Keep up to date with the latest news and developments in insurance law, by subscribing to our blog, InDefence.

  • This field is for validation purposes and should be left unchanged.

Worker awarded >$600k for sexual assault by manager

Case note: Moon v Whitehead [2015] ACTCA 17

Sexual Assault by Boss – Compensation for Sexual Assault – Compensation for Stress – Compensation for Mental Illness

Facts

Ms Sharon Whitehead, aged 39 (Whitehead) brought a claim for damages for trespass to the person against her supervisor at the Child Support Agency, Mr Michael Moon, aged 47 (Moon).  Whitehead alleged that she was sexually assaulted by Moon in a serviced apartment, while the pair were visiting Sydney for a work conference.

Whitehead’s claim for workers’ compensation benefits was rejected, so she pursued Moon personally.  The Supreme Court of the Australian Capital Territory (ACT) applied New South Wales law in deciding the case.

When Whitehead and Moon visited Sydney in 2007, a two bedroom, two bathroom apartment was booked, with Whitehead’s agreement.  On their first night in Sydney, the pair went out for coffee and visited three sex shops.  They then returned to the apartment separately.

When Whitehead returned to the apartment, she heard Moon’s shower running.  She decided to have a shower in her own bathroom.  While she was in the shower, Moon came in and asked if she needed help with the soap.  She told him to get out.  After she finished, she walked past his room in her pyjamas and he was naked on his bed.  Moon later entered her room, when she was in bed and her lights were out.  She asked him to leave.  He refused to leave until she kissed him.  She did so and intercourse followed.

Moon defended the claim on the basis that he had a physical relationship with Whitehead prior to the date of the alleged assault and that she had “frequently requested and/or consented to him [sic] contacting her person”.  The pair had previously engaged in sexual activity but not intercourse.

Following the incident, Whitehead suffered significant bleeding and pain.  She subsequently suffered a psychiatric illness and became suicidal.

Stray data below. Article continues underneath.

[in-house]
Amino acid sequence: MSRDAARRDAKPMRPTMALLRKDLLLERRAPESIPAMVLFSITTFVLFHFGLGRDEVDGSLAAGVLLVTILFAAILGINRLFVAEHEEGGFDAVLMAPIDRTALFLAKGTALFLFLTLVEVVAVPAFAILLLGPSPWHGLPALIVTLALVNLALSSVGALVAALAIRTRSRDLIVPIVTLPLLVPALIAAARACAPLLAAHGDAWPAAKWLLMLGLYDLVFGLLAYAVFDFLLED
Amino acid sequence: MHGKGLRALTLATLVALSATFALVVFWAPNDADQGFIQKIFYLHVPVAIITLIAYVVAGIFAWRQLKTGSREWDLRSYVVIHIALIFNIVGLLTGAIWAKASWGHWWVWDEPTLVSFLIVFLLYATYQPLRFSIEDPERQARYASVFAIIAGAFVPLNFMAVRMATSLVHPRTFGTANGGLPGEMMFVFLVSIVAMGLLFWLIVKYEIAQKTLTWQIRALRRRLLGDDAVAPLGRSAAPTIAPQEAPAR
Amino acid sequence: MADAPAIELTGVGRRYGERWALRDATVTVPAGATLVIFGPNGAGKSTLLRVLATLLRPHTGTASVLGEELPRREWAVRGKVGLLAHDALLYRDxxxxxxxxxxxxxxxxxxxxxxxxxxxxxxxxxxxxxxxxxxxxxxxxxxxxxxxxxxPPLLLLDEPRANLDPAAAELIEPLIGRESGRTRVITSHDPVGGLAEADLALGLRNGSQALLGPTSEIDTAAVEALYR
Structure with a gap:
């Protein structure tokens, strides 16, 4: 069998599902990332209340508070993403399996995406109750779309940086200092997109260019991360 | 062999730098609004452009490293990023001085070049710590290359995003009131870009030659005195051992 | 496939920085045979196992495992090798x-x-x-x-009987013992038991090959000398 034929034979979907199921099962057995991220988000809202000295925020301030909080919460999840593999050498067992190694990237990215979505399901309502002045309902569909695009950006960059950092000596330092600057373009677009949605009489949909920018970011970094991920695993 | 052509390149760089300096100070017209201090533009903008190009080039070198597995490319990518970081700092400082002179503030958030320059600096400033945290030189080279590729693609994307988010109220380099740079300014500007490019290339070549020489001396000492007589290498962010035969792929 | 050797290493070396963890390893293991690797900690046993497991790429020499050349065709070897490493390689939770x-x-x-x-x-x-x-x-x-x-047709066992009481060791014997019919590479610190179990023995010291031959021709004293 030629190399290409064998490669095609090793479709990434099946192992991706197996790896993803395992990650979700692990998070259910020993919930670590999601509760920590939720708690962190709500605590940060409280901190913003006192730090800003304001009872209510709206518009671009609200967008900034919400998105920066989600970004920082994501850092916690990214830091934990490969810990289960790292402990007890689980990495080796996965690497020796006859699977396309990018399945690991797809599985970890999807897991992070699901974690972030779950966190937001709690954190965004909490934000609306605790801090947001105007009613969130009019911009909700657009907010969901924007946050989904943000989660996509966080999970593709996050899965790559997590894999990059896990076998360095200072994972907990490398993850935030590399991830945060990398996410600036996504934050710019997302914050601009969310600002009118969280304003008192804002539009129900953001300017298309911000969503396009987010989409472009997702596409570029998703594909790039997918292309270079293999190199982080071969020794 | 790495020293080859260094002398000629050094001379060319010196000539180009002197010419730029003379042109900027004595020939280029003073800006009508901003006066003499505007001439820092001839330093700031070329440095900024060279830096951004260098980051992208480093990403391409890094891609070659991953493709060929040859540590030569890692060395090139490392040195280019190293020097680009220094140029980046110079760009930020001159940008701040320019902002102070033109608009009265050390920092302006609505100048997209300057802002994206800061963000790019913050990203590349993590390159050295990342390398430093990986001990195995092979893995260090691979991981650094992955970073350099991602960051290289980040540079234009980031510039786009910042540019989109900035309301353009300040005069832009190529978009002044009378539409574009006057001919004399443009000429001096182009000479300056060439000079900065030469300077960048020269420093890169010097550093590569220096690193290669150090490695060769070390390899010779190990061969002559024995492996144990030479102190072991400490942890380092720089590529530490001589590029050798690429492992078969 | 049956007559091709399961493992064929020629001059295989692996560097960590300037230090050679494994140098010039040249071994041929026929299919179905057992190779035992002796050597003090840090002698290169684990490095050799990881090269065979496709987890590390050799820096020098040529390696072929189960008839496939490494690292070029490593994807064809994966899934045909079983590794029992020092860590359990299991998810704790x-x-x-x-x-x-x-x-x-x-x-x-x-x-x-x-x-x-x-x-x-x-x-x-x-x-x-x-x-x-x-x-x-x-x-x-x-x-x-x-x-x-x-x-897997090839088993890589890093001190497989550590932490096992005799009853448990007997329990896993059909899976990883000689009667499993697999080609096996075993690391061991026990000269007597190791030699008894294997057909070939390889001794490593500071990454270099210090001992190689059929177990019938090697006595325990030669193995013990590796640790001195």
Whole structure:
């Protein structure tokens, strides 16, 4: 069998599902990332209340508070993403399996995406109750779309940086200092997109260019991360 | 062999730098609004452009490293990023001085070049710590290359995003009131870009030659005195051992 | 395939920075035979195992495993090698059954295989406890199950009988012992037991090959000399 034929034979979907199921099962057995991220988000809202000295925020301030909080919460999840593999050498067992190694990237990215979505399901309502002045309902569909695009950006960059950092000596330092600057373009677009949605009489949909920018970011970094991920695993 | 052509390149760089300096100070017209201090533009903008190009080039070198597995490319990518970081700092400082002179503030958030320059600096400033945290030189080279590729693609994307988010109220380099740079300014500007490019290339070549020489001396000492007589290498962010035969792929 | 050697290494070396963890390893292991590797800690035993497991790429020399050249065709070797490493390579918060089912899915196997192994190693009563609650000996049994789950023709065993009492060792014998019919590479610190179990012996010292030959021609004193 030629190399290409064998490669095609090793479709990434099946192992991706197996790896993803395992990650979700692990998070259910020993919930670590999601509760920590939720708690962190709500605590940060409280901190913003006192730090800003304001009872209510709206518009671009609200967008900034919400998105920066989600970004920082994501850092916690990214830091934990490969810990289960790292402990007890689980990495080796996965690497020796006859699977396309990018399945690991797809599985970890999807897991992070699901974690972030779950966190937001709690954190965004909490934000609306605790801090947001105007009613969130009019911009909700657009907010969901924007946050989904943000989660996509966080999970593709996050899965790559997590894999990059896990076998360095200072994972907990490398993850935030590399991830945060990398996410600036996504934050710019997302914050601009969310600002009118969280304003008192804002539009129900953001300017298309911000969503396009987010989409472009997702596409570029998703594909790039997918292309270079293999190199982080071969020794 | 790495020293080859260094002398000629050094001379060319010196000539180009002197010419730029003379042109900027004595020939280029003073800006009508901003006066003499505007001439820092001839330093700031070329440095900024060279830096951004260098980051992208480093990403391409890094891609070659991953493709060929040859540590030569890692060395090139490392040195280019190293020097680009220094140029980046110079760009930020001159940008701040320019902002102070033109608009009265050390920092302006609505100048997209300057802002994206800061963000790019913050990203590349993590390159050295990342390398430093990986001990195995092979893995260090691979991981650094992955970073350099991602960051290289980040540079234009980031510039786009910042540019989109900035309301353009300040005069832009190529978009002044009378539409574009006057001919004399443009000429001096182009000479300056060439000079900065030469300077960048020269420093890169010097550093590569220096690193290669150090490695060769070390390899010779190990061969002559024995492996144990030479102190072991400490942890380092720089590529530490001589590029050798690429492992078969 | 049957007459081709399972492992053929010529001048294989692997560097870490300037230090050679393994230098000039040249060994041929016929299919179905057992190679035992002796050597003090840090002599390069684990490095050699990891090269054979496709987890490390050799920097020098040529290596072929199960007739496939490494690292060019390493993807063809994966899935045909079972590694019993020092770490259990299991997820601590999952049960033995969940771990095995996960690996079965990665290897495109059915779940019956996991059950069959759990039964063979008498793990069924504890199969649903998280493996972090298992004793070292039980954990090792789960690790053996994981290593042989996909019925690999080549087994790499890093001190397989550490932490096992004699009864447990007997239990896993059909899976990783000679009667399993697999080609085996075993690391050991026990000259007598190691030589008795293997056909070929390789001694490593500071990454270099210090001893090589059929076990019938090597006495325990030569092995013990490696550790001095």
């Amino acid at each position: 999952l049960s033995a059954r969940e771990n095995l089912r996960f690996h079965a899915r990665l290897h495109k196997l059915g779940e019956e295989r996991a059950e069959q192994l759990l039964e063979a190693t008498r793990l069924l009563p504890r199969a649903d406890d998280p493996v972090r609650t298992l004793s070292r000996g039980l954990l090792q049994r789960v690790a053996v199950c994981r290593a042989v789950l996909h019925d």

It was Whitehead’s case that she had made known to Moon that she was not consenting to sexual intercourse, but that she stopped protesting when he did not desist because she was scared of him and concerned about any impact rejecting the appellant would have on her employment.

She was awarded $678,000 by the Supreme Court of the ACT.  Moon appealed to the Court of Appeal, on liability and quantum.

Issue

Moon set out a number of grounds of appeal.  However, the judgment concentrated on the question of consent.  Moon submitted that it was necessary for the state of mind of both participants to be taken into account, in determining the issue of consent.  The award by the Master for aggravated damages was also in issue.

Findings

In a judgment delivered on 22 May 2015, the ACT Court of Appeal found as follows:

  1. The real issue was a narrow one – whether Whitehead had consented to engaging in sexual conduct.
  2. There was ample evidence for the Master to find that Whitehead had not consented to intercourse.
  3. The test put forward by Moon for considering the question of consent was not supported by any authorities.
  4. A defence of ‘innocent mistake’ was irreconcilable with an intentional tort such as battery.
  5. The appeal was upheld in respect of the award for aggravated damages because Whitehead had not sought aggravated damages in final submissions at the hearing.  The damages award was reduced to $668,000.

Considerations

This case will be of particular interest to those working in the area of employment law.  It highlights a view taken by the ACT Courts that, despite a plaintiff’s actions, there is no substitute for consent and that consent should be clearly given.

BOOK A FREE CONSULTATION for advice and information about a workers’ compensation matter or sexual assault by calling (07) 3067 3025 or contact us online.

Contact us

Contact Form

  • This field is for validation purposes and should be left unchanged.

 

 

 

Kate Denning

Kate Denning is the Founder & Principal of Denning Insurance Law. Kate opened her own practice out of a desire to deliver high value, specialised legal services. Kate has been practising as a solicitor in Queensland for over 15 years. Her passion for delivering great results, approachable manner and breadth of experience, set her apart from her competitors.

Kate DenningWorker awarded >$600k for sexual assault by manager

Related News

InDefence covers legal and technical issues in a general way. Changes in circumstances or the law may affect the completeness or accuracy of the information published. InDefence is not designed to express opinions on specific cases, to provide legal advice or to establish a relationship of client and lawyer between Denning Insurance Law and the reader, or any third party. No person should act or refrain from acting solely on the basis of this publication. You should seek legal advice particular to your circumstances before taking action on any issue dealt with in this blog.